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Insurers stare at losses as deadline looms for IFRS 17 transition

As of 2020, the insurance penetration rate in Kenya decreased to 2.17 percent, down from 2.34 percent in the preceding year. It kept a descending tendency since 2016, when the indicator amounted to 2.78 percent.

By Monica MUEMA

Kenyan insurance firms are set to spend hundreds of millions of shillings to implement the IFRS 17 insurance accounting standard into their operations as the deadline for compliance draws near.

While the real cost of implementation by over 40 firms with local operations is less clear, sector’s lobbyist – the Association of Kenya Insurers (AKI) says insurers should be ready to spend ‘big’ in order to meet the IFRS 17 transition requirement that comes into effect on 1 January 2023.

“We now have the report and I can tell you this is not going to be a cheap exercise…most of them now have dedicated teams like actuarial departments to help in the study and implementation of the mandatory requirement,” offered AKI’s CEO Tom Gichuhi in phone interview last Thursday on the level of preparedness by policy providers ahead of the deadline.

The implementation of the International Financial Reporting Standard (IFRS 17) was delayed by one year due to the Covid-19 pandemic.

But the new conditions for reporting rules for underwriters will now see firms set aside substantive budgets towards the exercise – with most companies deficient in actuarial departments, likely to outsource or hire specialists in that field.

The total number of actuaries in Kenya is now estimated at about 68, signaling an ever-increasing demand inspired by new opportunities in various sectors such healthcare, banking and other financial institutions, adding that this is an emerging development away from the previous concentration of demand in the insurance sector.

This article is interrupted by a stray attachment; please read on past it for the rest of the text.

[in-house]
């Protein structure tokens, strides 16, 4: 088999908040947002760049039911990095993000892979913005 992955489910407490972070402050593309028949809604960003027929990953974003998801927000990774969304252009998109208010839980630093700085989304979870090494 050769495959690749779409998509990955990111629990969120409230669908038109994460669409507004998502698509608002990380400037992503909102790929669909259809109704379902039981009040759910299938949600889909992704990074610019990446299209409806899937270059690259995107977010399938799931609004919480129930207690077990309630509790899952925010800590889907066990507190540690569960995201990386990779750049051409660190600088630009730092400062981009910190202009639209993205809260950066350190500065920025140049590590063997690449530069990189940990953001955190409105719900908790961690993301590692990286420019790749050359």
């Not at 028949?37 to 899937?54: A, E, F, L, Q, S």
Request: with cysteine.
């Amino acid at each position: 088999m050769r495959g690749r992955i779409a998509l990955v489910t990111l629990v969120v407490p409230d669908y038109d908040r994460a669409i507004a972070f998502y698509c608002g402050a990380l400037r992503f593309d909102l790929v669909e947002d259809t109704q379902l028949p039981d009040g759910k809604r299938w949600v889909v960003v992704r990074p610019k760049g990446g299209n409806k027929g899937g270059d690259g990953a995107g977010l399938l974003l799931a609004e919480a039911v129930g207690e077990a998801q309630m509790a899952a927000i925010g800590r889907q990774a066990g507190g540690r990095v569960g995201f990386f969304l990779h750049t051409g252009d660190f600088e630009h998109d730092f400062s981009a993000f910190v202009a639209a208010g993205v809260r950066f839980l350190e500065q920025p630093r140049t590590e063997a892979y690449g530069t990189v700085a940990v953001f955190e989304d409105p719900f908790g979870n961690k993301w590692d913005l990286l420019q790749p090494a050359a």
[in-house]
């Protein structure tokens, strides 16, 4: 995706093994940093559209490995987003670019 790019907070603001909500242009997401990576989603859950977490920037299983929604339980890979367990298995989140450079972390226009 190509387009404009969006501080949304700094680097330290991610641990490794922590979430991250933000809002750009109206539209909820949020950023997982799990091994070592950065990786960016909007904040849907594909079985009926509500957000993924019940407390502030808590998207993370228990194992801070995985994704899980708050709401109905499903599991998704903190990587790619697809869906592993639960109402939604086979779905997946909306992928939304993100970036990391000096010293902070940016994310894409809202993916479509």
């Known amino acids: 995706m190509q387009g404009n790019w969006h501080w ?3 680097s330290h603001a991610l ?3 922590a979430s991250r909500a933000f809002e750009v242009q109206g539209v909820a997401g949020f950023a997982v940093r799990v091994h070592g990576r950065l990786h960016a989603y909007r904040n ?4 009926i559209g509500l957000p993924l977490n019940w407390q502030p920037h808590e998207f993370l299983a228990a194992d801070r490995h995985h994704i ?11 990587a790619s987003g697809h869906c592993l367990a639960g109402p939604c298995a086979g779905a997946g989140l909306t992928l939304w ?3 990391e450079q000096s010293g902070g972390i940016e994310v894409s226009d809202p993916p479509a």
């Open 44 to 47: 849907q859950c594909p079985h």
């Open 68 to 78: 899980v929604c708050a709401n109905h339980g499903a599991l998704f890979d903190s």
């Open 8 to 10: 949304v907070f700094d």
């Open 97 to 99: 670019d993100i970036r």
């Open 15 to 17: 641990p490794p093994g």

AKI had in late April hired a consultant to carry out a survey on the level of preparedness of Kenyan insurers to comply with the requirements of the International Financial Reporting Standards (IFRS 17).

The consultant — Kenbright Actuarial and Financial Services, a subsidiary of Kenbright Holdings Ltd returned a 60 percent level of readiness in its market analysis– meaning the market was on-course  to meet the compliance level.

“We got the report last week and the level of preparedness between Kenyan insurance firms is between 50 percent and 60 percent, which is very impressive,” noted Gichuhi.

IFRS 17 will replace IFRS 4 as the financial reporting standard for insurance companies and will be implemented for reporting periods starting on or after 1 January 2023. Any legislative changes impacting tax would need to be finalized prior to that date.

Deloitte’s Insurance Outlook 2022 highlights post-pandemic challenges study, anticipates that, for some, the transition to IFRS 17 will give rise to significant additional day one IFRS profits. Such profit increases will result in increased tax payable on transition which may place certain insurers under severe liquidity strain.

As a result, an insurer will be required to share the performance of underlying contracts with the policyholders, such as in life insurance or investment policies like unit trust investments.

Similar adjustments are ongoing for the banking sector with Kenyan banks on course with the implementation of the IFRS 9 in 2019 that requires them to set aside greater financial provisions for expected credit losses.

IFRS 9 replaced the International Accounting Standard 39, which saw commercial banks provide for projected loan losses rather than those already incurred.

The resultant impact saw lenders reduce their profitability and erode their capital base – which is also expected in the insurance industry.

Kenya’s Central bank granted banks a five-year transition period, beginning January 2018, to fully comply with IFRS 9 in the computation of regulatory capital.

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